I found my one-speed bike stumbling home from The Abbey Lounge in Inman Square about 10 years ago (back when it was still just a neighborhood bar, before it became a cool dive). It was a rainy night and I was thinking about where I could buy a basic Amsterdam-style one speed, and there it was! Lying there. Abandoned with a broken fork. I took it and added fenders and a front brake and some BMX-style handlebars to sit upright. But basically it was a free bike. And the first thing I did was buy a $60 lock to keep it (and later a bike chain to lock the seat). Why? Because I need this bike.


That’s the Bluebird on the left. I’m talking about the bike on the right.

For quick errands, you want a bike locked outside for convenience (and to take up stairs, this bike weighs a ton). Day, night, rain, and snow, this bike has been locked outside for 10 years (with just a few minor incidents… like the mysterious handle-bar loosener of 34th St.). The big rear bags I got from Amsterdam probably cost more than the bike and lock put together. (Luckily, bike thieves in this country are too stupid to recognize true value.)

I probably couldn’t get more than $25 for it on Craigslist. But I keep it in good condition. He doesn’t have a name, it’s not a pretty bike, and certainly not sexy (if it were, he would be a she). And if something happened to this bike, I would happily assemble a better one that served the same function (or bring a nice old Batavus Barcelona over from Amsterdam).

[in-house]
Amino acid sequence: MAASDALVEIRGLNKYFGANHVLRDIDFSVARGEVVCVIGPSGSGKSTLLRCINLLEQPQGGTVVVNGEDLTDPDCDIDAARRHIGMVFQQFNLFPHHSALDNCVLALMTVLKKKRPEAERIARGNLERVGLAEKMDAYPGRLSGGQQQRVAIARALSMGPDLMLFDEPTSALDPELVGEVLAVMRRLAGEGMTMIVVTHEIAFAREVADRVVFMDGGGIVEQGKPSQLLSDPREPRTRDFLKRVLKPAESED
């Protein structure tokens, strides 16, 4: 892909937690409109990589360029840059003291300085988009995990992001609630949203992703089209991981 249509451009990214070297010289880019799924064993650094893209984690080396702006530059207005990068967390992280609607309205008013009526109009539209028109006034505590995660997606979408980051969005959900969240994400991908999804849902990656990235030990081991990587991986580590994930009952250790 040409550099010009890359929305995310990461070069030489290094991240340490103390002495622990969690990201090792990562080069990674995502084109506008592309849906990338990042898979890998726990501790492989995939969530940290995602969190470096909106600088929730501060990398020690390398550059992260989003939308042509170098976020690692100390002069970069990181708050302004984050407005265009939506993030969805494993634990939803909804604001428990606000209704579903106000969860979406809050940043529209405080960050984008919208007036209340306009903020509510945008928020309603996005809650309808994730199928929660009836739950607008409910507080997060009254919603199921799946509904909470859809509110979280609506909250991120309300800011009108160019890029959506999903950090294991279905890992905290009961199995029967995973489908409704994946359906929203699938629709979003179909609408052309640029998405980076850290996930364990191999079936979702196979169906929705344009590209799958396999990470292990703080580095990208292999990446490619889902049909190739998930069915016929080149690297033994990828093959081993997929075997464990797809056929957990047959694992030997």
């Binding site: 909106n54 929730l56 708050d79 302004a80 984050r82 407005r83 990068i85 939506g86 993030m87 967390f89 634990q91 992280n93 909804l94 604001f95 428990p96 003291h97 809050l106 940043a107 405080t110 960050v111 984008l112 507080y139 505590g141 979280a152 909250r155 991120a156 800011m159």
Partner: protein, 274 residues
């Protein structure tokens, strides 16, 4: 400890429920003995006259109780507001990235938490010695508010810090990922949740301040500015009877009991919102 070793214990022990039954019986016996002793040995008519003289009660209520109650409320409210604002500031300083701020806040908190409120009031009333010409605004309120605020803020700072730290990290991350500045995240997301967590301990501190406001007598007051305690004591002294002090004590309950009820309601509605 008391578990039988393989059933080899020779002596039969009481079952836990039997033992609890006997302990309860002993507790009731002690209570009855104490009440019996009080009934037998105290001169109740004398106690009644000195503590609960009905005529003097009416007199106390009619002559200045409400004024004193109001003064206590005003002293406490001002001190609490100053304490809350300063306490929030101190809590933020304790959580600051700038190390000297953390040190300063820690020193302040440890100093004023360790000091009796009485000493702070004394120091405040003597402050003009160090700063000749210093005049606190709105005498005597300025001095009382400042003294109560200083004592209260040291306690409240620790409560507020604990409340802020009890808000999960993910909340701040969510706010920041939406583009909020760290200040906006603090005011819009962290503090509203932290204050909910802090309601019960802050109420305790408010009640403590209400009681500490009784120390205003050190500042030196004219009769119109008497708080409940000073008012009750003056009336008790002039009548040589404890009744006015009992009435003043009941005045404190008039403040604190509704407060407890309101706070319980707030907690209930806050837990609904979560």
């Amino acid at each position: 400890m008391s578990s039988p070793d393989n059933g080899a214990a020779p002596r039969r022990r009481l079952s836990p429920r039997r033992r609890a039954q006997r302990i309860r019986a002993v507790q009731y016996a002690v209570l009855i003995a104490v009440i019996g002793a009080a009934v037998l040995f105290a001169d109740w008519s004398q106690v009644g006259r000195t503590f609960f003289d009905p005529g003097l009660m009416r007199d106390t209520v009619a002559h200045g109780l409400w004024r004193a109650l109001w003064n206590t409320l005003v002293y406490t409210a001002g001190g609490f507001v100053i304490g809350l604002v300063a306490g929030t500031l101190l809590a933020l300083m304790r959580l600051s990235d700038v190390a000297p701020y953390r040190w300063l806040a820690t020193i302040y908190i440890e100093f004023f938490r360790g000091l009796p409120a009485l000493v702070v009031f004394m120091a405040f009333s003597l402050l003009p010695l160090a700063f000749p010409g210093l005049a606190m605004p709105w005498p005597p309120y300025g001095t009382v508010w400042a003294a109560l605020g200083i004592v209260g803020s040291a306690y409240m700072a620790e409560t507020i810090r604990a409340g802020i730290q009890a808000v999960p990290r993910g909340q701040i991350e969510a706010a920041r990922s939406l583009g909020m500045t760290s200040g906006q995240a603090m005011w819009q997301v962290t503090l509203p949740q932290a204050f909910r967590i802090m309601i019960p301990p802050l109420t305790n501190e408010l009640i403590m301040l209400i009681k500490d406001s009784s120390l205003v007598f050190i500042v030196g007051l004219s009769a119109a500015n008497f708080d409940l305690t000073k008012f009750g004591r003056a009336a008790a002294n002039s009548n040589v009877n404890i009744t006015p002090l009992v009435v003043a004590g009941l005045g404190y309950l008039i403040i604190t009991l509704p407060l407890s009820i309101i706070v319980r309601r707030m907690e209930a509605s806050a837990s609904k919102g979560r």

But get this, if I could really only keep one bike, and as painful as that choice would be, thousand-dollar bikes be damned: I would keep this bike! If you don’t have a car, the bike first and foremost needs to be functional. And that means it has to carry. And carry a lot: groceries, books, furniture, whole lambs. This bike has carried it all.

Do tires matter?

Yes.

Thanks for asking.

I purposefully don’t write much about bike components for two reasons: 1) talk about bike components makes most people less likely to ride bikes, and 2) I don’t care.

I can’t even tell you what components I have on my own bikes. On my 10-speed, my derailleur works very well. I know it’s Shimano. But I couldn’t tell you more than that. I don’t care.

But I am into tires for two reasons: 1) they keep you from crashing, and 2) they keep you from getting flats.

Who wants to ride a bike if it doesn’t get you where you’re going? Or even worse, leaves you stranded. Or really worse, leave you in a bloody heap on the ground. Of course nobody wants to crash. Roads are slippery and it rains, but in general most tires do a very good job of keeping you from wiping out.